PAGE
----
Same here. They’ve been swarming on Pier 1.

  • CassieVonMontague

    Bar Tabac has had its liquor License revoked for coronavirus violations.

    https://abc7ny.com/6343884/

    “On July 24th, investigators with the state’s multi-agency task force observed seven employees without facial coverings, including the premises’ manager, a bartender, the host, and four members of the kitchen staff. The licensee was well aware of the requirements, with prior violations of the Governor’s Executive Orders in June. On Thursday, employees said they were unaware the State Liquor Authority was about to shut them down.“

  • aaron

    Does anyone know what is happening with the Bossert Hotel on Montague Street (again!) It was quiet for months and now there is activity with scaffolding going up and painting being done in the rooms. Hell of a time to be opening a hotel…

  • AnonyMom

    Heads up. I was at Pier 6 water lab with my son and our friends yesterday and literally 90% of the people were not wearing masks in a space where social distancing is virtually impossible. We all know little kids can be asymptomatic vectors and they play on top of each other at the water lab. It was disappointing to say the least. Also, the Pier 2 uplands was far less crowded but most people weren’t wearing masks there either. Lots of little ones under 3. There’s also ZERO shade. I’ve written to the Park leadership asking why there isn’t a stronger policy, clear signage or oversight. BPP needs to do better, especially because families come from all over Brooklyn to beat the heat. I’ll let you know what I hear back.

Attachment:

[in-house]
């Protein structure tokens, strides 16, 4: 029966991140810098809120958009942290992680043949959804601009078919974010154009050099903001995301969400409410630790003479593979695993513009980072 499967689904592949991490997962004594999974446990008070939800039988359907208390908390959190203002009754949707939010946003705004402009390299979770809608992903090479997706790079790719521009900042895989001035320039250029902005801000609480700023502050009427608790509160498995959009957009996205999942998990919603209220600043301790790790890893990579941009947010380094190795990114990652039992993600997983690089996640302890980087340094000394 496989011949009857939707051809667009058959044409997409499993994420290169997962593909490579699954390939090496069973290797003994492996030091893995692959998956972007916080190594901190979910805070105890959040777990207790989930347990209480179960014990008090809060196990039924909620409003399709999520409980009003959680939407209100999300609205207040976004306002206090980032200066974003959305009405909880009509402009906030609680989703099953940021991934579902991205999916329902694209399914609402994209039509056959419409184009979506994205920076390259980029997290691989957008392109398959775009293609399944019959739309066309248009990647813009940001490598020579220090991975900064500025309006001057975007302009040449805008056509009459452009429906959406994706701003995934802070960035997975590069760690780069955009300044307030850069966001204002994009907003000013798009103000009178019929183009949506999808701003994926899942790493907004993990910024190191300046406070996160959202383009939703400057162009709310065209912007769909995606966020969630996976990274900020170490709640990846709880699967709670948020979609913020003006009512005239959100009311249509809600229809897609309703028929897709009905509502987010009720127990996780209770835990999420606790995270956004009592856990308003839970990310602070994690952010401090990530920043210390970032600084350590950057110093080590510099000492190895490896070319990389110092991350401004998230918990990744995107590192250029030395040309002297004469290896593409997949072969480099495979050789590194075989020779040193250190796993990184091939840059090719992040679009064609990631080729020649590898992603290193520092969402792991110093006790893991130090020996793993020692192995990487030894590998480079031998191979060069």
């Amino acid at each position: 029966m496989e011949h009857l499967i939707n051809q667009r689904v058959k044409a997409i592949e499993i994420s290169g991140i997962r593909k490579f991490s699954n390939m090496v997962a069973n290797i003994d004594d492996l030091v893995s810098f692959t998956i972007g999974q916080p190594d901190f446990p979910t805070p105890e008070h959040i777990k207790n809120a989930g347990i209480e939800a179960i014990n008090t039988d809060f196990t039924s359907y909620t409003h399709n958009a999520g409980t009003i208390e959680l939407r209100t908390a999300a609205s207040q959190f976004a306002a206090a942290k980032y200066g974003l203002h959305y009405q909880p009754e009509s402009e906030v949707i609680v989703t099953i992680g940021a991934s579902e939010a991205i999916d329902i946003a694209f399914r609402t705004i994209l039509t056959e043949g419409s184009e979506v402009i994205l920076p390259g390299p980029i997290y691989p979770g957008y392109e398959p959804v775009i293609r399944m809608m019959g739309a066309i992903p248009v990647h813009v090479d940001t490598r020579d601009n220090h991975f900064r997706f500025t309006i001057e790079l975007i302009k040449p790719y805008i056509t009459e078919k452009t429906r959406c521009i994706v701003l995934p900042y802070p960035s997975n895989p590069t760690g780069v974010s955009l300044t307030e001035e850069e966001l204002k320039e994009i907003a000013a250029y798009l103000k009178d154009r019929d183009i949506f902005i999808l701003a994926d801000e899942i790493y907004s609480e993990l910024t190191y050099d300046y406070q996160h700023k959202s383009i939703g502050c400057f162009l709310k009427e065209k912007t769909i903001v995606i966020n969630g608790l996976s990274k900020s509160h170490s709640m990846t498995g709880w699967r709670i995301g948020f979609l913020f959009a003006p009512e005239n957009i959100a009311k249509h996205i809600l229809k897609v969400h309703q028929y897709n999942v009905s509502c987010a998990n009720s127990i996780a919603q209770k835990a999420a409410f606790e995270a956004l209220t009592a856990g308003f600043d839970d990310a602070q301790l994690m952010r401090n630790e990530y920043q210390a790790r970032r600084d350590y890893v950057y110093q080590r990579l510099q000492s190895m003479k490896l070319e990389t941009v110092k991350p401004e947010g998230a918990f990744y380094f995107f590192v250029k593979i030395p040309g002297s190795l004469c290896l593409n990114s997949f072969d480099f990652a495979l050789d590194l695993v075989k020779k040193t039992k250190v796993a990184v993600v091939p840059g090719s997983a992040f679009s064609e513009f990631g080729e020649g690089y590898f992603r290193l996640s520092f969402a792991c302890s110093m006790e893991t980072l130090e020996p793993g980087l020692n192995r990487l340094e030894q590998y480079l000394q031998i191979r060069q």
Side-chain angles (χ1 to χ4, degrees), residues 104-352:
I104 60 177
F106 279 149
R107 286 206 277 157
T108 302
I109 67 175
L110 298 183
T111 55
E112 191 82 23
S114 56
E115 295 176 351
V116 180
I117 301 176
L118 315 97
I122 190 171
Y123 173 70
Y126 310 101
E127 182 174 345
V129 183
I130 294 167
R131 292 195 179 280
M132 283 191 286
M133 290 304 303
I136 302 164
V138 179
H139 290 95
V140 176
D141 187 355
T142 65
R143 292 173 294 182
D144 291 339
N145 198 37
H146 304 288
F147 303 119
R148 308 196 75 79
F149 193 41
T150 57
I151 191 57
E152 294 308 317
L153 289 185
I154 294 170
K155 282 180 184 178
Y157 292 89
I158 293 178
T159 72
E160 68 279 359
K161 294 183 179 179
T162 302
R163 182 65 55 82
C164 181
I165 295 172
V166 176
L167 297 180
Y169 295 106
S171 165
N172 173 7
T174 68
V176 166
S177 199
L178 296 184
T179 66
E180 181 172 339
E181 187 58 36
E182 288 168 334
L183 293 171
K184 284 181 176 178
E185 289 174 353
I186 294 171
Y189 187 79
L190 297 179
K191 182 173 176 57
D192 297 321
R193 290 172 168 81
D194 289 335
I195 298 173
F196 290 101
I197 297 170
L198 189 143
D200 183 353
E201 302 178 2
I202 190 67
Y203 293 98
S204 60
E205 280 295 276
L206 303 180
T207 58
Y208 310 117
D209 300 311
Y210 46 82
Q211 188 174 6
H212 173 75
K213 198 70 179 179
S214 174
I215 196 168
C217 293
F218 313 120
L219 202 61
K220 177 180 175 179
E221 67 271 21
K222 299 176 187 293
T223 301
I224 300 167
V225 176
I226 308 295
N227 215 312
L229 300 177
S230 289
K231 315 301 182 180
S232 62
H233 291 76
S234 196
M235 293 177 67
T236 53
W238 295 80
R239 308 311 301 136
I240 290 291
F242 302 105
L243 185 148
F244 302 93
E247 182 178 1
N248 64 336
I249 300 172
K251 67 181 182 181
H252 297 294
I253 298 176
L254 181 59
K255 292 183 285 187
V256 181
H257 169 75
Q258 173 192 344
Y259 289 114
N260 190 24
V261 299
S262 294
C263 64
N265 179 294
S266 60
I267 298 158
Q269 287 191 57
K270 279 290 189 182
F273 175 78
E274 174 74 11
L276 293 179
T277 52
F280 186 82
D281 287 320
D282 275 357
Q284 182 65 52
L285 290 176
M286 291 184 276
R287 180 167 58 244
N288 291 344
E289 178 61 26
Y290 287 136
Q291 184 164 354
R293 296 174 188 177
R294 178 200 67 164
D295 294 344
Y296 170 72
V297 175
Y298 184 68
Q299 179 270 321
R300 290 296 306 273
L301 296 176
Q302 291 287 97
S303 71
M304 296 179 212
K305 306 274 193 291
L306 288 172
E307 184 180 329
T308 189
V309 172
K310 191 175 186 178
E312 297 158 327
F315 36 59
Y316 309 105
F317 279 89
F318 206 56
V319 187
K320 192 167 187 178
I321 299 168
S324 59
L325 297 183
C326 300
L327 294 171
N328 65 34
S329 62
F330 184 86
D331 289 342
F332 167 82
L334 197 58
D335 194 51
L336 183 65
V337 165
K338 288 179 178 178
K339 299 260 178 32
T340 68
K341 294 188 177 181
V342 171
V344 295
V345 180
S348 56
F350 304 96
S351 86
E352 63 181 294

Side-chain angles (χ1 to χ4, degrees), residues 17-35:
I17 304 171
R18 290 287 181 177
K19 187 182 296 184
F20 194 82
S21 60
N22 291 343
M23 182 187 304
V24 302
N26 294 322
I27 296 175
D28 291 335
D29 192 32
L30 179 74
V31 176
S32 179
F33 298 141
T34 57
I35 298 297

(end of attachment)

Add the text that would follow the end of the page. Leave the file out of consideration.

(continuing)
• CassieVonMontague

    Smith and Jay Streets between Livingston and Tillary will become a busway.

    https://www.brooklynpaper.com/dot-unveils-details-for-planned-jay-street-busway/

  • http://www.yotamzohar.com StudioBrooklyn

    I cheer them on; they eat mosquitoes and are beautiful to behold.

  • https://www.youtube.com/watch?v=x7nPOzGeyaw Arch Stanton

    Whats a busway?
    About 12 tons…

  • https://www.youtube.com/watch?v=x7nPOzGeyaw Arch Stanton

    I generally liked Bar Tabac, good food and drinks. However, I found one of the managers to be quite abrasive with an “I don’t care” attitude. That don’t fly in Covid times.

  • AEB

    Oy.

  • aeshtron

    It is quite possible that the wetlands constructed in BBP are the source of the increased number of dragonflies in the Heights. Hooray for wetlands!

    “Odonata are considered to be good indicators of environmental health and water quality because all the species within this order are dependent on water for the development of their pre-adult stages”

    Dragonflies as indicators of aquatic ecosystem health

    Ferdinand C. de MoorI

  • Jorale-man

    I’m staying out of the park this summer. Sad that’s what it’s come to but there are just too many boorish and inconsiderate people there to take the risk.

  • ColumbiaHeightster

    Posted 6 hours and no admonishment from BHMike? He’s slipping!

  • Parent

    From the CDC: People should not wear masks while engaged in activities that may cause the mask to become wet, like when swimming at the beach or pool. A wet mask may make it difficult to breathe. For activities like swimming, it is particularly important to maintain physical distance from others when in the water.